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The family of a deceased man is claiming their family member helped create Bitcoin.
The identity of Bitcoin's creator, known as Satoshi Nakamoto, has long been a point of interest
The family is suing for half of Nakamoto's Bitcoin cache that is valued at over $64 billion.
The family of a deceased man, David Kleiman, is claiming their family member helped create the popular digital currency and is suing Kleiman's alleged business partner in the endeavor, Craig Wright, for half of the $64 billion stake, The Wall Street Journal reported.
For the past five years, Wright has been claiming on and off that he created Bitcoin, but has failed to provide any proof of his ownership. Though, the creator could easily prove their identity by moving even a fraction of the cache of about 1.1 million Bitcoin, or using the private key that controls the account.
The identity of Bitcoin's creator, known only as Satoshi Nakamoto, has long been a point of major interest, especially as their personal wealth continues to grow. Earlier this month, the cryptocurrency hit an all-time record above $69,000.
In 2008, Bitcoin was born when an individual identifying themselves as Satoshi Nakamoto sent out a nine-page white paper, explaining a decentralized "electronic cash" system. The Florida lawsuit claims Wright reached out to Kleiman for help on the white paper and later the two launched the digital currency together.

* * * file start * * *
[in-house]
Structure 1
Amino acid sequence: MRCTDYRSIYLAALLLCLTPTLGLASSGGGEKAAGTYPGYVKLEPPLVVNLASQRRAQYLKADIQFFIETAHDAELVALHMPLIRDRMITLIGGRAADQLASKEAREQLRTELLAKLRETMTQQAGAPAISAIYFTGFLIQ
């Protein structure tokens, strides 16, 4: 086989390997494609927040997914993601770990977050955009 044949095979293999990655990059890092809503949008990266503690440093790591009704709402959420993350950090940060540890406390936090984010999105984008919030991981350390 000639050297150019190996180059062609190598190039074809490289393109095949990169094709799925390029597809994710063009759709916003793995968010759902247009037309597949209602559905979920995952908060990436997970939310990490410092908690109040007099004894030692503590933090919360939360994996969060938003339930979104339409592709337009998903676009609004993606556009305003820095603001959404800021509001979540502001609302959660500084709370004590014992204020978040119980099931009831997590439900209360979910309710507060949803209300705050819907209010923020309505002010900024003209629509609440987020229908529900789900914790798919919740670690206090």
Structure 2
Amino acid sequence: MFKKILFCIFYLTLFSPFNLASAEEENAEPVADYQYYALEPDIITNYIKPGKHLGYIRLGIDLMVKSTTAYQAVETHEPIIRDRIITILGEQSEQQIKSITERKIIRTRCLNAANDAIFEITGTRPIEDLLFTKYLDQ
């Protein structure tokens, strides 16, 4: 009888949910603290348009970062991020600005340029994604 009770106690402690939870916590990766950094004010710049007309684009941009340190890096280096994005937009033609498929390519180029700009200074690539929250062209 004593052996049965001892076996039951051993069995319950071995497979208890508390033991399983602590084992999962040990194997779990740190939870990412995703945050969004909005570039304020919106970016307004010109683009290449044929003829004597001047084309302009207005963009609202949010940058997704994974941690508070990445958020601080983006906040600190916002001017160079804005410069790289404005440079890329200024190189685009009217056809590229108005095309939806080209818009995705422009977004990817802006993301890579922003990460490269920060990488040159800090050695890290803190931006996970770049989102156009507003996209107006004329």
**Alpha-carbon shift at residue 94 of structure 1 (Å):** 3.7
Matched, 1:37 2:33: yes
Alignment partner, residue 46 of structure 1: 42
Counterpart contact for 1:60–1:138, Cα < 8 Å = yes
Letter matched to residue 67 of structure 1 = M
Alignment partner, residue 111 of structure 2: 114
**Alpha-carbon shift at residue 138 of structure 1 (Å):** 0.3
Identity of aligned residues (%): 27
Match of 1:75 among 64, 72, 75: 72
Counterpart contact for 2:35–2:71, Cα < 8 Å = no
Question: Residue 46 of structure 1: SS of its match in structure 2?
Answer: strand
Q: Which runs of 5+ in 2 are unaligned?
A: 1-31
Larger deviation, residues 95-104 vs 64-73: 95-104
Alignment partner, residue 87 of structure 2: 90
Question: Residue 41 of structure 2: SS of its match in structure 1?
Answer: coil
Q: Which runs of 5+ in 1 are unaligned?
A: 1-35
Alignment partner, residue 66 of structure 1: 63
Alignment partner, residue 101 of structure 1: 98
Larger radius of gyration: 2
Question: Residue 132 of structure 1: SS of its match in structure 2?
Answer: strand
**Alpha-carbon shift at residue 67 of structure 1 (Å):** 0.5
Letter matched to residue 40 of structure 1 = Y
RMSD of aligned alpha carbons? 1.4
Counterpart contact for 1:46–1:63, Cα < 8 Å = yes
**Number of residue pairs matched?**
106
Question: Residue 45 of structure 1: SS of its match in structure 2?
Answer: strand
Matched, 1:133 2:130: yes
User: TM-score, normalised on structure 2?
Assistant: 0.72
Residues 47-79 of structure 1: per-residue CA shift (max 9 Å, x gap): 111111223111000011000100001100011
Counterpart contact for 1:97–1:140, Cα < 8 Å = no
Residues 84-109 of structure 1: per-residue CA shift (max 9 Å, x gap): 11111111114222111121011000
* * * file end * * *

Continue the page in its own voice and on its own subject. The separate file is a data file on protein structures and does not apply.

"We believe the evidence will show there was a partnership to create and mine over one million bitcoin," said Vel Freedman, a lawyer for the Kleiman family, told The Wall Street Journal.
Wright's defense told The Journal it will present proof Wright is the sole creator of the currency. Insider attempted to reach out to Wright for any additional comment, and will update this post if we hear back.
Since it was created, many names have been linked to Bitcoin, but it seems unlikely that the creator or creators would ever choose to publicly identify themselves. One of the founding principles of Bitcoin is that it's a decentralized currency, untethered to conspicuous institutions or individuals. If Nakamoto's identity was revealed it would violate these founding tenets.
The trial kicked off on November 1. A panel of 10 jurors were given three weeks to hear the evidence and decide the fate of the 1.1 million bitcoins.
Read the original article on Business Insider